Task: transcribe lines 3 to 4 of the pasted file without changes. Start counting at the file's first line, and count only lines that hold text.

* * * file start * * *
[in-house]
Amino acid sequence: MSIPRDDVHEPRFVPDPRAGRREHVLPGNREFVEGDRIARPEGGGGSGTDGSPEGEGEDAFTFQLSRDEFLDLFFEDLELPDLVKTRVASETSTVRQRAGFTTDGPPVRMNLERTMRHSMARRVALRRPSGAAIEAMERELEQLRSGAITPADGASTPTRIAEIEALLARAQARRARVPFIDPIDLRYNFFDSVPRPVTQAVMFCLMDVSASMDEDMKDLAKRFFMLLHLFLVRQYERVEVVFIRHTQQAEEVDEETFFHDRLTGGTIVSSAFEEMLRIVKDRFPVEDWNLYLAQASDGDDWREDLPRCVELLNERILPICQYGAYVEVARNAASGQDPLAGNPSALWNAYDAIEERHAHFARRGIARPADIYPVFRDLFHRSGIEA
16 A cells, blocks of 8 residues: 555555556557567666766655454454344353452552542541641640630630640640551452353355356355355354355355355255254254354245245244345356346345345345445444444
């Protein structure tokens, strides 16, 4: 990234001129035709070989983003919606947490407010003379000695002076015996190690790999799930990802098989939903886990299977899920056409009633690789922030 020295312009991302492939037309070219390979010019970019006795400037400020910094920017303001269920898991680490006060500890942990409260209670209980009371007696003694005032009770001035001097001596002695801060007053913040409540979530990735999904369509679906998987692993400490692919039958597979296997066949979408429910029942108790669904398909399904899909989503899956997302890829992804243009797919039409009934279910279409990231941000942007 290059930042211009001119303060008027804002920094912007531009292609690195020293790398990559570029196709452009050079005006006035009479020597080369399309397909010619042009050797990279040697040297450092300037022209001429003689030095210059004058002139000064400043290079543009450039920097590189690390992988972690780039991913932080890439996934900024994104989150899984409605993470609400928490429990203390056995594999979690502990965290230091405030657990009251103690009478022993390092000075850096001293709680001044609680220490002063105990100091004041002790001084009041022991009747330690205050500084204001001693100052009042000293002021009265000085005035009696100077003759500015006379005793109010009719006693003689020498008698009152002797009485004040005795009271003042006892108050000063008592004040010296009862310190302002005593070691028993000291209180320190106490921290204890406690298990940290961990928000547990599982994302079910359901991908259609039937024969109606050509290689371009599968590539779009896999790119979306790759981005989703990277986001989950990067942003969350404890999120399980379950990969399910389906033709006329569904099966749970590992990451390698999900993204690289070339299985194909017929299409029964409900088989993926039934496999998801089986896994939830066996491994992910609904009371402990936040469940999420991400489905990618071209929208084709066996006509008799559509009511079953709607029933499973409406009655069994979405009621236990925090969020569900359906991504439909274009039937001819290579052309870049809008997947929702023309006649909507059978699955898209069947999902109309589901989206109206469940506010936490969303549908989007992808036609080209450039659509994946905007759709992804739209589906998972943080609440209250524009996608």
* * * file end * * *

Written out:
16 A cells, blocks of 8 residues: 555555556557567666766655454454344353452552542541641640630630640640551452353355356355355354355355355255254254354245245244345356346345345345445444444
């Protein structure tokens, strides 16, 4: 990234001129035709070989983003919606947490407010003379000695002076015996190690790999799930990802098989939903886990299977899920056409009633690789922030 020295312009991302492939037309070219390979010019970019006795400037400020910094920017303001269920898991680490006060500890942990409260209670209980009371007696003694005032009770001035001097001596002695801060007053913040409540979530990735999904369509679906998987692993400490692919039958597979296997066949979408429910029942108790669904398909399904899909989503899956997302890829992804243009797919039409009934279910279409990231941000942007 290059930042211009001119303060008027804002920094912007531009292609690195020293790398990559570029196709452009050079005006006035009479020597080369399309397909010619042009050797990279040697040297450092300037022209001429003689030095210059004058002139000064400043290079543009450039920097590189690390992988972690780039991913932080890439996934900024994104989150899984409605993470609400928490429990203390056995594999979690502990965290230091405030657990009251103690009478022993390092000075850096001293709680001044609680220490002063105990100091004041002790001084009041022991009747330690205050500084204001001693100052009042000293002021009265000085005035009696100077003759500015006379005793109010009719006693003689020498008698009152002797009485004040005795009271003042006892108050000063008592004040010296009862310190302002005593070691028993000291209180320190106490921290204890406690298990940290961990928000547990599982994302079910359901991908259609039937024969109606050509290689371009599968590539779009896999790119979306790759981005989703990277986001989950990067942003969350404890999120399980379950990969399910389906033709006329569904099966749970590992990451390698999900993204690289070339299985194909017929299409029964409900088989993926039934496999998801089986896994939830066996491994992910609904009371402990936040469940999420991400489905990618071209929208084709066996006509008799559509009511079953709607029933499973409406009655069994979405009621236990925090969020569900359906991504439909274009039937001819290579052309870049809008997947929702023309006649909507059978699955898209069947999902109309589901989206109206469940506010936490969303549908989007992808036609080209450039659509994946905007759709992804739209589906998972943080609440209250524009996608």